It is better to light a candle than curse the darkness. This phrase resonates now more than ever. It also describes the way Native communities have been showing up for education during the COVID-19 pandemic—tribal elders, leaders, advocates, and educators have been finding creative ways to engage
The U.S. educational system is now experiencing a test run for the future. COVID-19 has demonstrated that despite the widespread use of online learning in many educational settings, we are still woefully unprepared to meet the needs of all students in such an environment. When students do return to
The Big Picture SkillsUSA, a national career and technical student organization, needed a robust blended learning program to help learners in various settings (middle schools, high schools, postsecondary institutions, and workforce development programs) explore career possibilities and pathways.
Mandy Smoker Broaddus writes about Oregon S.B. 13 as a way for tribal peoples to have their presence validated across the state and in classrooms.
With more English learners in American schools, it's important to equip teachers to make learning accessible for all students. A new tool for coaching teachers can help schools meet this challenge.
Discover what's new in a statewide curriculum on the Native American experience in Oregon.
Hiring more teachers of color benefits all students academically and builds the school community—and it's the right thing to do.
How can teachers reach all their students—including students from cultural backgrounds different from their own?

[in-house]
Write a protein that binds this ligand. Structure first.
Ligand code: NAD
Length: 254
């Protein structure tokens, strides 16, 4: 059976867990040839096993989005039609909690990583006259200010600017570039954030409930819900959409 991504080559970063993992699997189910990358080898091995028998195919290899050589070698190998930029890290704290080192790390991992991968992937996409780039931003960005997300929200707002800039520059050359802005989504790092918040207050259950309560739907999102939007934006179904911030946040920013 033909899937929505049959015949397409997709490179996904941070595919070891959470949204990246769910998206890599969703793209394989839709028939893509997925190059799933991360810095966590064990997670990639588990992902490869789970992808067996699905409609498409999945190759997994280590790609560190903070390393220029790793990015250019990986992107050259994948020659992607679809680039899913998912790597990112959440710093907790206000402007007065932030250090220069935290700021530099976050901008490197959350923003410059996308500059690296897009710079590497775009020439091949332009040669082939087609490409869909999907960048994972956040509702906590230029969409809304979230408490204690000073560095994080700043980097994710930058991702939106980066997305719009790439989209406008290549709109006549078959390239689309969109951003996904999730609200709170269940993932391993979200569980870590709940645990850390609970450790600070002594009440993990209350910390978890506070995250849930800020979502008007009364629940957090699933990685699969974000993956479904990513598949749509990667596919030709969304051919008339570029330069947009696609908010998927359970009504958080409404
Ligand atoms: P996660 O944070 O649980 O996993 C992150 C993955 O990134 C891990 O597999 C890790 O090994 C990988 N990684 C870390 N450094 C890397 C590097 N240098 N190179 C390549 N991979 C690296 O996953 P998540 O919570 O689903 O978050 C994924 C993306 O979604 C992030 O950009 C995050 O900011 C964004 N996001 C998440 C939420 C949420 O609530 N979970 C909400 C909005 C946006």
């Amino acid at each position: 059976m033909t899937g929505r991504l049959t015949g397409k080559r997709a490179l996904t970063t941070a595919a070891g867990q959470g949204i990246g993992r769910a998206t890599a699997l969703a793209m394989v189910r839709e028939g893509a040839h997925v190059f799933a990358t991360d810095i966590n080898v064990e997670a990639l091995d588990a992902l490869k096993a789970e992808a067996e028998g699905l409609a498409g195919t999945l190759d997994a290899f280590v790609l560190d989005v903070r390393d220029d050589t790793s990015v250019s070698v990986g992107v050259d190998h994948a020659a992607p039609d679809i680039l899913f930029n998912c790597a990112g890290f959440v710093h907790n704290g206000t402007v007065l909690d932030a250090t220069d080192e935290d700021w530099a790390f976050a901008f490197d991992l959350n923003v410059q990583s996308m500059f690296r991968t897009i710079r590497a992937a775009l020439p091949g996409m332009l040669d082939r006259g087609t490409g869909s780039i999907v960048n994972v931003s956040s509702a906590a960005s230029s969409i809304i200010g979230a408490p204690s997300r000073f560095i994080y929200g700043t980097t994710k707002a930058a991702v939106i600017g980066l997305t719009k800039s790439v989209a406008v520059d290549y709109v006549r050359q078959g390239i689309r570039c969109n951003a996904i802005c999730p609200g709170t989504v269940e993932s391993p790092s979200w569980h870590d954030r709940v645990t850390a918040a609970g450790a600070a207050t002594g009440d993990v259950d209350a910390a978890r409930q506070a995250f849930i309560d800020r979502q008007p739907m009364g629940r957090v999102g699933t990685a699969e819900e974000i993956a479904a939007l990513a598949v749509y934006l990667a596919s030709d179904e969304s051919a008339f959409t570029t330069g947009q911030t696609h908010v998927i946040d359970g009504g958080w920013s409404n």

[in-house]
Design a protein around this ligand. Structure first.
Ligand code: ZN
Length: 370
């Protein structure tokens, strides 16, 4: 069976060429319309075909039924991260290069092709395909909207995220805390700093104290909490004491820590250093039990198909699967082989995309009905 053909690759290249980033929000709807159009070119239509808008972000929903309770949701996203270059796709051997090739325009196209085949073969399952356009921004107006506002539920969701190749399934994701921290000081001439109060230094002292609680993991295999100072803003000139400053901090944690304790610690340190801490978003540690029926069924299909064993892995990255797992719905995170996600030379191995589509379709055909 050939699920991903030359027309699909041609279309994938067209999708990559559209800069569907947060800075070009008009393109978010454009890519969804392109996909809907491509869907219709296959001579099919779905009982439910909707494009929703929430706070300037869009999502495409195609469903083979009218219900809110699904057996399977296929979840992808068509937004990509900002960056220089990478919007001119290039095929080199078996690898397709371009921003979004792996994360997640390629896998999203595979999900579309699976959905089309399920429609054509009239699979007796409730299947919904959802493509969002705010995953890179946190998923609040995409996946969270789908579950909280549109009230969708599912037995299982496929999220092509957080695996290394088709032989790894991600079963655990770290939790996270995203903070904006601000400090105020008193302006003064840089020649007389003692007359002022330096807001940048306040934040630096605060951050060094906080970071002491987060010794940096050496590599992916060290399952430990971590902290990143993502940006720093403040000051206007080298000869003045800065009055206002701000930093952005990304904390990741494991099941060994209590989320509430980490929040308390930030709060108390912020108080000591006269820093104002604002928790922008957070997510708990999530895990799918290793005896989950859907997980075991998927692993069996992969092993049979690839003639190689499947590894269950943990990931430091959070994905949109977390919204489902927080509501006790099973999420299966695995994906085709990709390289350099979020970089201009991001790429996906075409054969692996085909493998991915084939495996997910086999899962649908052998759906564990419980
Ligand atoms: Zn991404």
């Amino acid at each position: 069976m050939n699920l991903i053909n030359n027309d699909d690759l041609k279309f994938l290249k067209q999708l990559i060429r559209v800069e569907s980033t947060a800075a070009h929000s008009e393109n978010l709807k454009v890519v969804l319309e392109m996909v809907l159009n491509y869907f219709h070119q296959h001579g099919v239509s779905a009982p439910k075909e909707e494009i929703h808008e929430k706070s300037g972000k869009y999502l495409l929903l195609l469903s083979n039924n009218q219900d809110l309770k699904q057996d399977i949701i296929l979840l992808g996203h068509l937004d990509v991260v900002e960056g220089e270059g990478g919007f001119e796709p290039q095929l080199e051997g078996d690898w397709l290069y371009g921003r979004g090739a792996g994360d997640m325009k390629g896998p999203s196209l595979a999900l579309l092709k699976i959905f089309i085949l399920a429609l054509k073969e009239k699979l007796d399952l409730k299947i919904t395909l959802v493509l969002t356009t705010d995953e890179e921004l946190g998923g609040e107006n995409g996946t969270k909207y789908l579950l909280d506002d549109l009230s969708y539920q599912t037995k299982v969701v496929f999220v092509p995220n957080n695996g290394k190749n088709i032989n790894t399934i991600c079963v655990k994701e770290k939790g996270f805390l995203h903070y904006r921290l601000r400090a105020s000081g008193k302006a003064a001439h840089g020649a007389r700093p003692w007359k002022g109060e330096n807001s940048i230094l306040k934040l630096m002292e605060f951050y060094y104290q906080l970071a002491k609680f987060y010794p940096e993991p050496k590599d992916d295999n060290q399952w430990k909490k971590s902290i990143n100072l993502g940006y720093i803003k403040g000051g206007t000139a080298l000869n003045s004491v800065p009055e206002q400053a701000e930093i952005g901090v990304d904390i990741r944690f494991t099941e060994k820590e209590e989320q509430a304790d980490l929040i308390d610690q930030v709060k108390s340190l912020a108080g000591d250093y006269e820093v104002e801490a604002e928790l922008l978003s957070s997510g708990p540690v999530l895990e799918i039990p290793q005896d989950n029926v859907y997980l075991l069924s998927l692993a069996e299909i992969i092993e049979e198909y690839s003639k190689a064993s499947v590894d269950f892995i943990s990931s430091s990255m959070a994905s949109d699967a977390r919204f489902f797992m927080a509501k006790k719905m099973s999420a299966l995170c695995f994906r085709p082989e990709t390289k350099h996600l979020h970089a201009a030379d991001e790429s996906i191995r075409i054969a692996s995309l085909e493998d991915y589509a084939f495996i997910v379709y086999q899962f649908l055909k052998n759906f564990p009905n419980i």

Sonta Hamilton Roach writes about creating an education system that embraces culture and fits the needs of students, families and community members.
Centering cultural responsiveness on youth, families and elders and making cultural connections across the curriculum are two of the family engagement strategies shared in this blog post.
Teachers can engage in self-education and open up their classrooms to culture in forming strategies to end persistent and damaging stereotypes.
Legislation that establishes tribal K-12 schools is a step toward honoring meaningful self-determination policy for Native people. It's also a way to emphasize Native culture and improve student outcomes.
With a growing body of research showing the positive impact of diverse teachers on students outcomes, what does the research say on strategies for hiring more teachers of color?
Check out this collection of blog posts, videos, education research and websites to help teachers strengthen their relationships with all their students.
Angela Sandino writes about strategies that school leaders can follow to create optimal conditions for their teachers with English learners in their classrooms.
Our librarians compiled this list of evidence-based resources containing information on what changes schools can make to create a more welcoming school climate and increase the engagement of American Indian and Alaska Native families in schools.
Cyberbullying, or electronic aggression, is unwanted behavior by a student or group of students that occurs through email, chat rooms, instant message, websites or social media. Like in-person bullying, cyberbullying presents a serious risk to the psychological, physical and social safety of
Culturally responsive systems are the key to improving outcomes for American Indian and Alaska Native students in school and in life.
What do students and families want to hear from school leaders in their-back-to-school messages? Shadiin Garcia shares a list that she's gathered.
Guest Blogger Jason Younker writes on the challenges colleges face in identifying their American Indian and Alaska Native students and the solution that U of O developed to better serve the community.